The media has reported on Kyasanur Forest Disease (KFD) in India. A 38-year-old forest worker from Cheeyambam, Wayanad district in the northeast of Kerala state, died from KFD on 13 April 2015. A government offical reported that around 165 suspected cases of KFD have been reported in the district since 16 January 2015, of those 69 tested positive for KFD virus. The death reported in this news item is said to be the 9th in the district in the last two months.
An illness that has been affecting the residents of Pali village, Sattari sub-district in northeast Goa, has been confirmed as Kyasanur Forest Disease (KFD). The local community centre and Goa Medical College have been alerted to the outbreak in the village in order that those affected are cared for appropriately. The number of villagers affected by KFD has not been mentioned in this report.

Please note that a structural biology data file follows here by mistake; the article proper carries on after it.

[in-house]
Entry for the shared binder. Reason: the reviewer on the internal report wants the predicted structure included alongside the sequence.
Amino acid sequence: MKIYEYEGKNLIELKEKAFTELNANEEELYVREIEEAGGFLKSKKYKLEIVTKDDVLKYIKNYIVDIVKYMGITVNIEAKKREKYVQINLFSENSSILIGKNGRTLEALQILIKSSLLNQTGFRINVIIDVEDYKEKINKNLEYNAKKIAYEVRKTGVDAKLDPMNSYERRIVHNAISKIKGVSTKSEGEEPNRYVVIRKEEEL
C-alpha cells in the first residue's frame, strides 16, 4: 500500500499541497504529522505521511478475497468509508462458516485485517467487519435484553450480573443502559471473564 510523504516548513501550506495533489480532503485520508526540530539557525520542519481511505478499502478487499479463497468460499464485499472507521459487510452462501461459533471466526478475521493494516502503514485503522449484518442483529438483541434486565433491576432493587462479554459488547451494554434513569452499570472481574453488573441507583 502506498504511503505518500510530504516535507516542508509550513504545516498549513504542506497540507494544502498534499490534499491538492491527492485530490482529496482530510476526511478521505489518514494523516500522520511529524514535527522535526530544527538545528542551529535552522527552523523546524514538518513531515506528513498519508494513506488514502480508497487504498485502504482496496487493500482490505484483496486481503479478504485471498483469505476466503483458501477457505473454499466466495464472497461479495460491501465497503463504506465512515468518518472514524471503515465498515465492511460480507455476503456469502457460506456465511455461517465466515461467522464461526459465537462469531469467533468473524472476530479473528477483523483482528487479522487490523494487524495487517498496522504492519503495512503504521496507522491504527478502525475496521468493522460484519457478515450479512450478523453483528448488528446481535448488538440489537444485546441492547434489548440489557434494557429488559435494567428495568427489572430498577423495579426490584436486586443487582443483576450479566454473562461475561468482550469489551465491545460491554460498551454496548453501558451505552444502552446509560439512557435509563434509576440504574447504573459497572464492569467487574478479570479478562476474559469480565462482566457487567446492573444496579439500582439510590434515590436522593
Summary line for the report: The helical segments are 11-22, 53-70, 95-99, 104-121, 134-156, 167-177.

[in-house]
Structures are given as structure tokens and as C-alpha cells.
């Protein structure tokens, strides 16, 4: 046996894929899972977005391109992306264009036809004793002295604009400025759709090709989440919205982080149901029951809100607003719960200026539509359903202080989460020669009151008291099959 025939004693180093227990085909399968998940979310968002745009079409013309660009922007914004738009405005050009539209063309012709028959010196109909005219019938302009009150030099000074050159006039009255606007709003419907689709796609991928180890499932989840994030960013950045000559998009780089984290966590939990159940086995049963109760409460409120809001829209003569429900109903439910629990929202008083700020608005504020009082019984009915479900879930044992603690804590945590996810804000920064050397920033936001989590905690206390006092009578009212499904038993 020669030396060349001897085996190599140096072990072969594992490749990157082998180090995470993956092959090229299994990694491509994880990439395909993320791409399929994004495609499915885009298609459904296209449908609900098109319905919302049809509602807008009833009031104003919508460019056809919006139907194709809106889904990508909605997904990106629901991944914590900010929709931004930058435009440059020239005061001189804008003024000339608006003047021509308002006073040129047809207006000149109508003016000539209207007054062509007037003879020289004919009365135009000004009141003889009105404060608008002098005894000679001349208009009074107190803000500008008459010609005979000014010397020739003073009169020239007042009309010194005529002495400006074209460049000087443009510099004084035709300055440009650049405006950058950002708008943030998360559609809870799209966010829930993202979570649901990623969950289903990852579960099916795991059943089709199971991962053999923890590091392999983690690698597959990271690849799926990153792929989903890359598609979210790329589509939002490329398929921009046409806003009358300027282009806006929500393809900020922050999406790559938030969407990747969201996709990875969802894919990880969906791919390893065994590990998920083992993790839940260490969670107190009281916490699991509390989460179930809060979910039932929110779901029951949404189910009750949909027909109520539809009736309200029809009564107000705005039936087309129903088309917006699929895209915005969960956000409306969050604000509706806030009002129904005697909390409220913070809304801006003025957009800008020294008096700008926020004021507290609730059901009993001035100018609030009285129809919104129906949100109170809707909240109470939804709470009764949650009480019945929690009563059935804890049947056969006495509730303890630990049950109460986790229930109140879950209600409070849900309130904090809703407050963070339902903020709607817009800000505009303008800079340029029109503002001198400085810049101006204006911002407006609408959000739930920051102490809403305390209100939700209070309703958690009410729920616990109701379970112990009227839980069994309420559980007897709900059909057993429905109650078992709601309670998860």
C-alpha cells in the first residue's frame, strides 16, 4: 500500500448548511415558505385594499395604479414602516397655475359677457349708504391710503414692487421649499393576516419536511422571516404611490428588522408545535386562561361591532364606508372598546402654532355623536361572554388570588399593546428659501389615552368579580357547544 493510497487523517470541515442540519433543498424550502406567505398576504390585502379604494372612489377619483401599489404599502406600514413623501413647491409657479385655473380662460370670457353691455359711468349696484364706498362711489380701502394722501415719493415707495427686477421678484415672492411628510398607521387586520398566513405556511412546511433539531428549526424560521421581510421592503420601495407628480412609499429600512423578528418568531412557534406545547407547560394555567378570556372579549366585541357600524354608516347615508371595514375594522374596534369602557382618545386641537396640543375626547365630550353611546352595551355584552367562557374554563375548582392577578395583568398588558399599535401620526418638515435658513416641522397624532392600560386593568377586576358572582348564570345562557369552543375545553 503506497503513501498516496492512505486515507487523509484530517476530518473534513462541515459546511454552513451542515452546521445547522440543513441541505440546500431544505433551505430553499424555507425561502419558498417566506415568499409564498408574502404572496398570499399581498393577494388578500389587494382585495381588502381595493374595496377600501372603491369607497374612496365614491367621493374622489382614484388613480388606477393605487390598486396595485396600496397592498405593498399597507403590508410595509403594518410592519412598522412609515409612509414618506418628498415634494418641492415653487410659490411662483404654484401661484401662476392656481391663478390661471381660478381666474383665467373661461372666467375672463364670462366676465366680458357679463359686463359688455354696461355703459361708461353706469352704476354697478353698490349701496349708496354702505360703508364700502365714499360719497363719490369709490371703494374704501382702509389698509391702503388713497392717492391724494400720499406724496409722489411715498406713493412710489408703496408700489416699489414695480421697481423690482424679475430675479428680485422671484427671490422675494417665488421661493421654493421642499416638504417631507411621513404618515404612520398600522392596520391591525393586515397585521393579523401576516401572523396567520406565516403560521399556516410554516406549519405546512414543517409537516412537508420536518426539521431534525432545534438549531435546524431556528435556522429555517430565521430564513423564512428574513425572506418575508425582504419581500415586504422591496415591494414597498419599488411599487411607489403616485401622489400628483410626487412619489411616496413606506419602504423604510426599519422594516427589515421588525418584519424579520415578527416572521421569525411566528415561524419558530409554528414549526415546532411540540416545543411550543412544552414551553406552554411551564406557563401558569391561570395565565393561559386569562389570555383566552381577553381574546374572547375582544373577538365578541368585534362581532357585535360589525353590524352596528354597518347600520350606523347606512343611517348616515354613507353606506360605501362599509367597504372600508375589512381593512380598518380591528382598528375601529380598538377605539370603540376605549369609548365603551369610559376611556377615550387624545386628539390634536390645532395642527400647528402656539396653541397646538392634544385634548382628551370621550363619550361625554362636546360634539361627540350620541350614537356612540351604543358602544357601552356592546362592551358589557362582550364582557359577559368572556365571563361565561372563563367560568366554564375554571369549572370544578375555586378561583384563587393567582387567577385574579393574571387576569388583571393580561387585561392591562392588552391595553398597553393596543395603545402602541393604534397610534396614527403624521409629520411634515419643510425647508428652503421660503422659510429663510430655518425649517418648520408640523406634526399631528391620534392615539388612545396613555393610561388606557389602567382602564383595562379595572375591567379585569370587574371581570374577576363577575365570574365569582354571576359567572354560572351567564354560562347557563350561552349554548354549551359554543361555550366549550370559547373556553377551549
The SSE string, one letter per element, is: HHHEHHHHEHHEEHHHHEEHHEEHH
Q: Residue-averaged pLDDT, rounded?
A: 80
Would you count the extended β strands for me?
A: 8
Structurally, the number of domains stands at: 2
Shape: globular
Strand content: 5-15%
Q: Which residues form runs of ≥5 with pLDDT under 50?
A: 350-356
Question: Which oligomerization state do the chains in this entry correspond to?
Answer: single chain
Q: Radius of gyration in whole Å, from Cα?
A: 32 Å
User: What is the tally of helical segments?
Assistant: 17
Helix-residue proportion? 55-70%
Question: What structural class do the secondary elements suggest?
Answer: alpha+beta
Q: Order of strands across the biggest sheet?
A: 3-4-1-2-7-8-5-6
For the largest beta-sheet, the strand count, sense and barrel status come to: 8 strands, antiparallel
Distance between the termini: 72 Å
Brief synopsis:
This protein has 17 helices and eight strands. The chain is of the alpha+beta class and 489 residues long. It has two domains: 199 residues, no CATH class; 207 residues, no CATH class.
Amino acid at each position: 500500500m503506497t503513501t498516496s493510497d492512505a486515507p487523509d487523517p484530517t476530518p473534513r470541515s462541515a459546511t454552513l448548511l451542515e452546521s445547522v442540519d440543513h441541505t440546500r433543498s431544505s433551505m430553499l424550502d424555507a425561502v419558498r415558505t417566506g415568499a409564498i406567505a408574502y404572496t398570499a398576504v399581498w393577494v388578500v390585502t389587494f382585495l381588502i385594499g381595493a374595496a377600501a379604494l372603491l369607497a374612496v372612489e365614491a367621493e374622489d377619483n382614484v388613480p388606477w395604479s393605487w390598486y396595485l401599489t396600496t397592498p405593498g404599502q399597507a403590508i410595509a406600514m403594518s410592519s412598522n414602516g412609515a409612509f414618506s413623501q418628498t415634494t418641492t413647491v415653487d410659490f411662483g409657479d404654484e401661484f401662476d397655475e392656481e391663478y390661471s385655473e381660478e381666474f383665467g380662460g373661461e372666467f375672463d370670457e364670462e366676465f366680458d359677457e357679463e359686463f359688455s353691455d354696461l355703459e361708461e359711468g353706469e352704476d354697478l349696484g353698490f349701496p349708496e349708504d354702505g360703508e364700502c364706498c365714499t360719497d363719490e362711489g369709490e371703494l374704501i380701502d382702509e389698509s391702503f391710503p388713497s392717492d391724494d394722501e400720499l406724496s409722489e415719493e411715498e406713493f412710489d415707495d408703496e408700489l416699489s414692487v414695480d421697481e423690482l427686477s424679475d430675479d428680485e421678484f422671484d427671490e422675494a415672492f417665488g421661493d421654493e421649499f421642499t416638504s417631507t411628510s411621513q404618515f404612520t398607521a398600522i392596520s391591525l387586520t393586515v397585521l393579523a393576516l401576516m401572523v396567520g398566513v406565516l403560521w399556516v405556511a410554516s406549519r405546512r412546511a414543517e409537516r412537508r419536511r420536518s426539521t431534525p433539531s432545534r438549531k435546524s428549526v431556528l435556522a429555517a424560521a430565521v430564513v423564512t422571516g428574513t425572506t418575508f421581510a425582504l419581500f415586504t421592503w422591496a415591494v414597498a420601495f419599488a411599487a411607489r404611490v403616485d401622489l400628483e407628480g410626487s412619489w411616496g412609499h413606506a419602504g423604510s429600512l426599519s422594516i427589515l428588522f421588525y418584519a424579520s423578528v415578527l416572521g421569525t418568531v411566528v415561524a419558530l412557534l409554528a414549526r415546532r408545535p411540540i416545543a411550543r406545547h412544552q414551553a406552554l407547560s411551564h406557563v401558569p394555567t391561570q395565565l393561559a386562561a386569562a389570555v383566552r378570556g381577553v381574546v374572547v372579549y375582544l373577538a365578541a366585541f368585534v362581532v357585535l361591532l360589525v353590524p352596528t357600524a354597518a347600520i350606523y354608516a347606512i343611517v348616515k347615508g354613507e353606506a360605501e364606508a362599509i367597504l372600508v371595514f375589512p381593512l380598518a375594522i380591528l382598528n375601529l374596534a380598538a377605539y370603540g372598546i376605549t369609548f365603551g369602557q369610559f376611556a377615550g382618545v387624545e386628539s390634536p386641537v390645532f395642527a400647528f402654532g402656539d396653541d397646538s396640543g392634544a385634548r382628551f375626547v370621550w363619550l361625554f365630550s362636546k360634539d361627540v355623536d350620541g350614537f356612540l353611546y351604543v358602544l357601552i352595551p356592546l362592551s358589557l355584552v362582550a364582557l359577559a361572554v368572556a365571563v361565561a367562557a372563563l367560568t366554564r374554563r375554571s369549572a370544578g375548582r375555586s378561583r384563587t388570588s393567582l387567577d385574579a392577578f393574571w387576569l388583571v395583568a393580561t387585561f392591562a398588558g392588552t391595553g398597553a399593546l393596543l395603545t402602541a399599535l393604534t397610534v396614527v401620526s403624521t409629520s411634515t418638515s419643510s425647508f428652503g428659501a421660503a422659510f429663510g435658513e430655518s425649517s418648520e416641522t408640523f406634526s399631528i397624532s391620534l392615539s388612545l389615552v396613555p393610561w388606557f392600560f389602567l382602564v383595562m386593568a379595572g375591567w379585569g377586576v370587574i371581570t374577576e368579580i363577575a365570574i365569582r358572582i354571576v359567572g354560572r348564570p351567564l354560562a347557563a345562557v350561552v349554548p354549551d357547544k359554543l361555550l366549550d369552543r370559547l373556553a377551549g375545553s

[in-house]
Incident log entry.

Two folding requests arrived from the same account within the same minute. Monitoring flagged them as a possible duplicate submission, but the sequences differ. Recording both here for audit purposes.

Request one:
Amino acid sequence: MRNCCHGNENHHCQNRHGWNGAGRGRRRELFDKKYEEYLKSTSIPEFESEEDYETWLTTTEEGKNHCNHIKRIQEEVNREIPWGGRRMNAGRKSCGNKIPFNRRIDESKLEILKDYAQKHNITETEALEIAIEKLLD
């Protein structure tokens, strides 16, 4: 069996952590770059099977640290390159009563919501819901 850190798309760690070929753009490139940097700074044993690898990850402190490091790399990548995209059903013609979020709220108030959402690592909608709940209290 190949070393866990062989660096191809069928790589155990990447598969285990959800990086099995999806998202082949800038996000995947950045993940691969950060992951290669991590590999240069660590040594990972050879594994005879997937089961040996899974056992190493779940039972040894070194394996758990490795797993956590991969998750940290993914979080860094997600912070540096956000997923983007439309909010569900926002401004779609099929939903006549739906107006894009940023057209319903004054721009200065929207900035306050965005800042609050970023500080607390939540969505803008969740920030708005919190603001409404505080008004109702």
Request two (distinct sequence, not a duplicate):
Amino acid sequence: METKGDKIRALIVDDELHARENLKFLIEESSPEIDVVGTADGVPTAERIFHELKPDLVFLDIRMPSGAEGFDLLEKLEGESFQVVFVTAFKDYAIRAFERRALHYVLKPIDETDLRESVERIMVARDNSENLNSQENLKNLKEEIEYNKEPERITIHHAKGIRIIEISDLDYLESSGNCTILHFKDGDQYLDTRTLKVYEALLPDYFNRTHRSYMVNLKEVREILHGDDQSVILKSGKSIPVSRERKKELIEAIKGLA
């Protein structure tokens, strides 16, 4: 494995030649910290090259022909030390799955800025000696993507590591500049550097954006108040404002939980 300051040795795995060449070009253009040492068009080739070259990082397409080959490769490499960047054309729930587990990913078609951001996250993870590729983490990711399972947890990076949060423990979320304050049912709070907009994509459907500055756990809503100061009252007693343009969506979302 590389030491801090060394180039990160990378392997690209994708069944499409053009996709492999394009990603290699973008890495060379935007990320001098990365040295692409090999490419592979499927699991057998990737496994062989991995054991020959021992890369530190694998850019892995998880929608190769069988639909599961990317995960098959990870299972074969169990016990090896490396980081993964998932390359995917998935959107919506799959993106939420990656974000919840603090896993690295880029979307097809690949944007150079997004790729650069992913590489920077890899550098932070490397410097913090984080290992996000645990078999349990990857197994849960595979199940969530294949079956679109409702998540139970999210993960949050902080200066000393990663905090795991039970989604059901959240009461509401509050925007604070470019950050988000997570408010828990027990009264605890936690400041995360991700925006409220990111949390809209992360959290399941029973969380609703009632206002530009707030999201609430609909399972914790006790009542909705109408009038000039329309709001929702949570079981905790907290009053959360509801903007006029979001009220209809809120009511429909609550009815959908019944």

Advice for Travellers
Monkeys, rodents, shrews and other animal can be hosts for KFD virus and the disease is transmitted by the bite of an infected tick. Most cases are reported in rural, forested areas during the dry season; November-June. KFD is endemic in the southern India in the states of Karnataka, Tamil Nadu and Kerala which neighbours the state of Goa.
In India a vaccine is available against KFD in the states where the infection is endemic. The mainstay of care is supportive as there is no specific treatment for KFD. Prevention of tick bites is the primary means of protection against KFD for travellers.